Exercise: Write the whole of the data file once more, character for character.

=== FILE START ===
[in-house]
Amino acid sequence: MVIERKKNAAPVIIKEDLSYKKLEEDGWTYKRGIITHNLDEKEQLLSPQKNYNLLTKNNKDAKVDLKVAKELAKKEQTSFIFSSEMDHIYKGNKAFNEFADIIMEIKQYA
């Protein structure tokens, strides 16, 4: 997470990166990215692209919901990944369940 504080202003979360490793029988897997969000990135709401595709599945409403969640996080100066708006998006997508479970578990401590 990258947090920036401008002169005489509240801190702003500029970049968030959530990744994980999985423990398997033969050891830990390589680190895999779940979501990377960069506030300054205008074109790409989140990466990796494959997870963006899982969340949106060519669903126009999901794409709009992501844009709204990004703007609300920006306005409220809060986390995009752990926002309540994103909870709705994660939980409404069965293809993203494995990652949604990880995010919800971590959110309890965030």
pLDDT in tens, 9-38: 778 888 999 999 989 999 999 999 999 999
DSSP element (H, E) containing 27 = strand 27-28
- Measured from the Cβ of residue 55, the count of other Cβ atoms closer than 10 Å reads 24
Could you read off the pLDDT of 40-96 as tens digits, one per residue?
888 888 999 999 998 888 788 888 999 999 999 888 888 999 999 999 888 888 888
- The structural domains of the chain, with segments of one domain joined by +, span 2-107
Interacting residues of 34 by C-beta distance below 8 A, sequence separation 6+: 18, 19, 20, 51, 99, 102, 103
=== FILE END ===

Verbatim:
[in-house]
Amino acid sequence: MVIERKKNAAPVIIKEDLSYKKLEEDGWTYKRGIITHNLDEKEQLLSPQKNYNLLTKNNKDAKVDLKVAKELAKKEQTSFIFSSEMDHIYKGNKAFNEFADIIMEIKQYA
């Protein structure tokens, strides 16, 4: 997470990166990215692209919901990944369940 504080202003979360490793029988897997969000990135709401595709599945409403969640996080100066708006998006997508479970578990401590 990258947090920036401008002169005489509240801190702003500029970049968030959530990744994980999985423990398997033969050891830990390589680190895999779940979501990377960069506030300054205008074109790409989140990466990796494959997870963006899982969340949106060519669903126009999901794409709009992501844009709204990004703007609300920006306005409220809060986390995009752990926002309540994103909870709705994660939980409404069965293809993203494995990652949604990880995010919800971590959110309890965030």
pLDDT in tens, 9-38: 778 888 999 999 989 999 999 999 999 999
DSSP element (H, E) containing 27 = strand 27-28
- Measured from the Cβ of residue 55, the count of other Cβ atoms closer than 10 Å reads 24
Could you read off the pLDDT of 40-96 as tens digits, one per residue?
888 888 999 999 998 888 788 888 999 999 999 888 888 999 999 999 888 888 888
- The structural domains of the chain, with segments of one domain joined by +, span 2-107
Interacting residues of 34 by C-beta distance below 8 A, sequence separation 6+: 18, 19, 20, 51, 99, 102, 103